Quindell snaps up claims networker to sidestep referral fee ban
One of the biggest new entrants to the legal market has invested in a networking business that brings together claims management companies (CMCs).
AIM-listed Quindell Portfolio, which already owns a law firm and has applied to become an alternative business structure, said the move was designed to respond to the banning of referral fees from next April.
It today announced the acquisition of Intelligent Claims Management Network (ICM), a virtual network of CMCs which gives leads to services providers such as solicitors, credit hire companies and medical agents.
The platform connects everyone involved in the claims process to the same online space, saving time and money.
In a statement to the London Stock Exchange, Quindell said the deal was intended to allow businesses to act in a ‘more controlled and regulated ethical environment’ after referral fees are banned.
Karl O'Hare, chief executive of ICM, said: ‘We see great benefit to combining our technology-enabled, cloud-based network of claims providers with Quindell's business model, collectively helping to drive down costs for the insurance industry and ensuring the survival of professional claims management organisations after the referral fee ban.’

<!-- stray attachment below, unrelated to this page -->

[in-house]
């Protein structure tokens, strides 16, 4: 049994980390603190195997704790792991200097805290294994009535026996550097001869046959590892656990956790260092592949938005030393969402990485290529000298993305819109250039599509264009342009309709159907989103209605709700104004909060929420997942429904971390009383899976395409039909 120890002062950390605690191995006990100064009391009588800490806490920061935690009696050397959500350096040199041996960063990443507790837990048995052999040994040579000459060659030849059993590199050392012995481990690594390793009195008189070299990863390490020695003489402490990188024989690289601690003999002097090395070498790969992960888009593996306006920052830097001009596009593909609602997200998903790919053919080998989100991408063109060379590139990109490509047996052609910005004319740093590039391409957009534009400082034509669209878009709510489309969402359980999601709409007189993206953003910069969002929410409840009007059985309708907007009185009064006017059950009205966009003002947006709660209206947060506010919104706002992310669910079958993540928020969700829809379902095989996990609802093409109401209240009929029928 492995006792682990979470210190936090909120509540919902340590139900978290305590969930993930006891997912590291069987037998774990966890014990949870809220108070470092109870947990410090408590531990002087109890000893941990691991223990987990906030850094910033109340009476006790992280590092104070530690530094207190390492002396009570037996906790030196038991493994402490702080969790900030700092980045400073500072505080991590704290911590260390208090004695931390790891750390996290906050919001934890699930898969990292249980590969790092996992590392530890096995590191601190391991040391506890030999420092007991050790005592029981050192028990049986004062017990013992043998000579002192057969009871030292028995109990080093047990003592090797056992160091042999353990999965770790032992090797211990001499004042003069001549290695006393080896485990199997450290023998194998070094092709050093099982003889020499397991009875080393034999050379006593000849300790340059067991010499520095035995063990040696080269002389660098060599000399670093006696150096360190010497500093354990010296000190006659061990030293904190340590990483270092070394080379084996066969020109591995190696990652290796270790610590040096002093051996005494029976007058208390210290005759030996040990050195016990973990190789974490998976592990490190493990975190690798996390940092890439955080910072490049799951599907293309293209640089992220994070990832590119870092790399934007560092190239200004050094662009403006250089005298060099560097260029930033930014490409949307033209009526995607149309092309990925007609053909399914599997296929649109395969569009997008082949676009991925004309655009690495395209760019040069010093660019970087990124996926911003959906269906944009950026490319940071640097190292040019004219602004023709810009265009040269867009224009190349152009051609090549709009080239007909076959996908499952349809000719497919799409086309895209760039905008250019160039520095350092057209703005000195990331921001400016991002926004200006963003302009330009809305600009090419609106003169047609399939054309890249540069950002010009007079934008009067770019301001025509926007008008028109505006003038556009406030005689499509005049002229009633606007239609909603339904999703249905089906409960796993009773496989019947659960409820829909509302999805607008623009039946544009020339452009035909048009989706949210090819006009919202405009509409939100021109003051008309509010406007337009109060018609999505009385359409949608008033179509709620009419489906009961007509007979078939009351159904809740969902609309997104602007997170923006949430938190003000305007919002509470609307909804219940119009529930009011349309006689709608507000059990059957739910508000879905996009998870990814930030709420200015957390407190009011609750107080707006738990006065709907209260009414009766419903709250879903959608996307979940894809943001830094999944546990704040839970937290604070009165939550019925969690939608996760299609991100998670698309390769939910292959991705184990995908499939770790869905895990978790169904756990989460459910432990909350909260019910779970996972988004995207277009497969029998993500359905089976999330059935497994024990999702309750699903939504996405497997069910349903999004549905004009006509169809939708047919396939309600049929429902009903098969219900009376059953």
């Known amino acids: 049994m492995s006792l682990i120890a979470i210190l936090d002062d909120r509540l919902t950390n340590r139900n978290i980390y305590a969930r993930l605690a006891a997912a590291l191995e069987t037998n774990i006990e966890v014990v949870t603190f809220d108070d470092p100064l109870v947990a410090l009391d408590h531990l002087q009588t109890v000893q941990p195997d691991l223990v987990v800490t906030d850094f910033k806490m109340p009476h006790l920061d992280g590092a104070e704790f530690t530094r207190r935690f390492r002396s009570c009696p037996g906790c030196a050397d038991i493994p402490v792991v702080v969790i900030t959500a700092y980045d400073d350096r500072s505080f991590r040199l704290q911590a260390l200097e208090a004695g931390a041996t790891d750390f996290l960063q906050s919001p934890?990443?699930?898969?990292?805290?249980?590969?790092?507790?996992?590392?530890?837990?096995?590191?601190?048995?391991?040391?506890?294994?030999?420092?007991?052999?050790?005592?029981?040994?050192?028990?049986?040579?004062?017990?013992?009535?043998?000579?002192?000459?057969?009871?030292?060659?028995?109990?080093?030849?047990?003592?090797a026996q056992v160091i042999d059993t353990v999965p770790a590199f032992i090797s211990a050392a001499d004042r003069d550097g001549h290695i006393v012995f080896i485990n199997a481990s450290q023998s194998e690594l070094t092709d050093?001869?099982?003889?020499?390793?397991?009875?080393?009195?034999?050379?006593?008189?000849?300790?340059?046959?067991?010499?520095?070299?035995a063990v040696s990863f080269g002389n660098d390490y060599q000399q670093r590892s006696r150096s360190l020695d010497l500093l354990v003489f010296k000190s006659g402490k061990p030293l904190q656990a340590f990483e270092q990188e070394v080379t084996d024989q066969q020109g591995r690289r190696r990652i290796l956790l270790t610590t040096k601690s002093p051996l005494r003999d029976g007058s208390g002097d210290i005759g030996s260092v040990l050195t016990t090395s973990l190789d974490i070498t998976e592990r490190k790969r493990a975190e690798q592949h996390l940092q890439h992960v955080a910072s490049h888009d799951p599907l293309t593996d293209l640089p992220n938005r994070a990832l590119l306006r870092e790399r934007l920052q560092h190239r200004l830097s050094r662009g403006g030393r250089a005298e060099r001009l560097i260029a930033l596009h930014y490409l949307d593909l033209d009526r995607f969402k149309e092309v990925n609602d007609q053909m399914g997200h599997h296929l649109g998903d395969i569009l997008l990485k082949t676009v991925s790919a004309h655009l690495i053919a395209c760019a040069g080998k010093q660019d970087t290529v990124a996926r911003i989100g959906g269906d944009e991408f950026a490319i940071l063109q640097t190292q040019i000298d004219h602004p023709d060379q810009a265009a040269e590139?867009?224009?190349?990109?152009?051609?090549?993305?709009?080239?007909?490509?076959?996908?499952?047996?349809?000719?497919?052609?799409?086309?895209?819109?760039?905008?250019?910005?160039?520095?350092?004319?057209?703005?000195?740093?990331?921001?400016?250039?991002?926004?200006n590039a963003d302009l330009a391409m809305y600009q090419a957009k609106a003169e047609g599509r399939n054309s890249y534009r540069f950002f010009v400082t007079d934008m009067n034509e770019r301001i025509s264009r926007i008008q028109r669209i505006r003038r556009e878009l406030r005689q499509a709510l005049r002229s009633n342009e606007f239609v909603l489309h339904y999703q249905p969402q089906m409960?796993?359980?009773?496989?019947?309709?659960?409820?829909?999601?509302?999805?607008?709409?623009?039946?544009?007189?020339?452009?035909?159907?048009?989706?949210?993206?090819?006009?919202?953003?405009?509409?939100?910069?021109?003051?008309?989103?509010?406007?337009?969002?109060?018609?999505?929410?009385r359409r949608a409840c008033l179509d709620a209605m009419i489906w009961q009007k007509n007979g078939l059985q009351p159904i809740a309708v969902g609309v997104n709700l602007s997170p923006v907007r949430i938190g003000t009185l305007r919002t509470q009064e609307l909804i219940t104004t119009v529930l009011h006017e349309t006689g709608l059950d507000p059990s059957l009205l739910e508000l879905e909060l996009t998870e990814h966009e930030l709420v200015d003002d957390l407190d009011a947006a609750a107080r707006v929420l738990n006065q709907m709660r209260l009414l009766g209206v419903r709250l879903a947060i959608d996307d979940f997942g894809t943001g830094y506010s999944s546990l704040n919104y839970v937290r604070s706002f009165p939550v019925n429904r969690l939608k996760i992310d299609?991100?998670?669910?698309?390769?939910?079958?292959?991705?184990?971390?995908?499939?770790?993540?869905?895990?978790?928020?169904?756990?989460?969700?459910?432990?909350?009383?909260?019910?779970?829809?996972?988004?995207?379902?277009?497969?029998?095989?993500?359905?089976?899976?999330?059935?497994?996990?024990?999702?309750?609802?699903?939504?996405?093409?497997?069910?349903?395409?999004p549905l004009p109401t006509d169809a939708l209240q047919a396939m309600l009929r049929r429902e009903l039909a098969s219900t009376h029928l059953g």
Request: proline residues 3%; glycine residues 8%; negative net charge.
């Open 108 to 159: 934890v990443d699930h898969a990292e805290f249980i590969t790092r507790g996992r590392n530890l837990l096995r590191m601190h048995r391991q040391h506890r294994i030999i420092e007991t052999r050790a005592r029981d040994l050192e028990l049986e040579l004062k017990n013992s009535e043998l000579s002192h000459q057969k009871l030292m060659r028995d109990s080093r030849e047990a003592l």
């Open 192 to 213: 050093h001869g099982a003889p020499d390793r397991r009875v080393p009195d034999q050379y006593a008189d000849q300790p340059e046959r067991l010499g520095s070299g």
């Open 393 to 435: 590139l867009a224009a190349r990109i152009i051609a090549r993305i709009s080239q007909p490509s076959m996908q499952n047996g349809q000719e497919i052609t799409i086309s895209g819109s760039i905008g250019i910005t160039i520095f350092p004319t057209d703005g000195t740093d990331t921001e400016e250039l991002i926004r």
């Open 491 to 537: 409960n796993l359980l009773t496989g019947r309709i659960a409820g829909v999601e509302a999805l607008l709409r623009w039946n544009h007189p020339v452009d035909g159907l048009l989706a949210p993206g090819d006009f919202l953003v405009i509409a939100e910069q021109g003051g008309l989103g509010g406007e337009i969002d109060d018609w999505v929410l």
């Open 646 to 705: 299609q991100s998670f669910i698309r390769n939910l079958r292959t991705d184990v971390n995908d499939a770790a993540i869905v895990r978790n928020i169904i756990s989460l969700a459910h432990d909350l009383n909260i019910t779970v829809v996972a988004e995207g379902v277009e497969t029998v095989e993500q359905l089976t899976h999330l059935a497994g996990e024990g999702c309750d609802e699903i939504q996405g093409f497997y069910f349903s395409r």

The takeover involves the issue of around 27,000 Quindell shares, valued at almost £140,000. Quindell said it expects ICM to generate £500,000 profits after tax in the year ending 31 May 2013. Shares will be locked in for between 12 and 36 months from the date of issue.
ICM reported turnover of around £1.2m for 2011 and profit before tax of £300,000 – an increase of 200% on 2010 revenues.
In January, Quindell became the first listed company to create an alternative business structure when it bought Liverpool-based personal injury firm Silverbeck Rymer in a £19.3m deal. Formal ABS status is still awaiting approval from the Solicitors Regulation Authority.
The company had previously specialised in outsourcing software, consultancy and technology.
Earlier this week, an SRA discussion paper outlined potential difficulties in regulating the referral fee ban if law firms and claims management companies combined to form ABSs and circumvent prohibition.